WKOW: Attorney General Josh Kaul says he's not planning to enforce old abortion prohibition if Roe v. Wade is overturned.
"Whether a law that has been dormant for essentially two generations would all of a sudden spring back to life is really an unprecedented issue," Kaul said. "I think there'd be litigation over that."
Kaul, the state's top law enforcement official, said his office would not uphold the abortion law, saying the Wisconsin Department of Justice was better served focusing its resources on other crimes like homicide and drug trafficking.
Wispolitics.com: Governor Tony Evers appoints Ryan Hetzel to Washington County Circuit Court.
The New York Times: Who benefits from the Supreme Court leak?
Kermit Roosevelt, a law professor at the University of Pennsylvania, said the source was probably trying to increase the price of switching positions.
“In terms of who leaked it and why, it seems much more likely to me that it comes from the right in response to an actual or threatened defection by one of the five who voted to overturn Roe,” he said. “Leaking this early draft makes that more costly for a defector because now people will think that they changed their vote after the leak in response to public outrage.”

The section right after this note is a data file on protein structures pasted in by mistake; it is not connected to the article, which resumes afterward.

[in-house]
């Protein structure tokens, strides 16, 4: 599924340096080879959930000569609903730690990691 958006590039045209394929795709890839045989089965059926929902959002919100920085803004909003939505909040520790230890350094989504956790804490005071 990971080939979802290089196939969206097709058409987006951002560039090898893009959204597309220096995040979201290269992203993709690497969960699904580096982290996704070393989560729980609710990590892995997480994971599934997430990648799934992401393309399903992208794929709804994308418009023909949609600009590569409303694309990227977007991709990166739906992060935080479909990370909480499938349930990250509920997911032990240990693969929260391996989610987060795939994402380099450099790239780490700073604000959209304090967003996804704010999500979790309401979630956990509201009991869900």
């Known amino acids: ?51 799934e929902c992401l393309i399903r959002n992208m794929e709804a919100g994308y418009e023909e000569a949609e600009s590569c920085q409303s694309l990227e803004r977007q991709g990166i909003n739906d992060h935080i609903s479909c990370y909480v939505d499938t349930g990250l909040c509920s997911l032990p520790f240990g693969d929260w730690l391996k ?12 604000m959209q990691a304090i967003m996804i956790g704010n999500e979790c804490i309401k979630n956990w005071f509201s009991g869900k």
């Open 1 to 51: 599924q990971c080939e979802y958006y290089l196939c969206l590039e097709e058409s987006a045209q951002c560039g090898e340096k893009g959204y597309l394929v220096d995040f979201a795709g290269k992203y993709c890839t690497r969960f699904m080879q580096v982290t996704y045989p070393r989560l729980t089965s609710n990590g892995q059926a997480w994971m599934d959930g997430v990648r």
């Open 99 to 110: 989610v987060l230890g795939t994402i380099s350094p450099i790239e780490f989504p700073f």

The Guardian: More on the Supreme Court draft-decision leak, including statements from Marquette University law professor.
Edward Fallone, an associate professor at Marquette University Law School in Milwaukee, Wisconsin, said: “It’s unprecedented. Even those few instances where a law clerk, after leaving the court, wrote a ‘tell-all’ book was viewed as unprecedented then, but for a draft opinion in the midst of the process to come out, I can’t think of any single example.”
Reuters: Federal government to extend immigrant work permits due to renewal-processing backlog.
Yahoo (Associated Press): Judge denies motion to dismiss lawsuit seeking government liability for 1921 Tulsa massacre.
The city and insurance companies never compensated victims for their losses, and the massacre ultimately resulted in racial and economic disparities that still exist today, the lawsuit claims. In the years following the massacre, according to the lawsuit, city and county officials actively thwarted the community’s effort to rebuild and neglected the Greenwood and predominantly Black north Tulsa community in favor of overwhelmingly white parts of Tulsa.
USA Today: Tennessee governor suspends 2022 executions to review lethal injection process.
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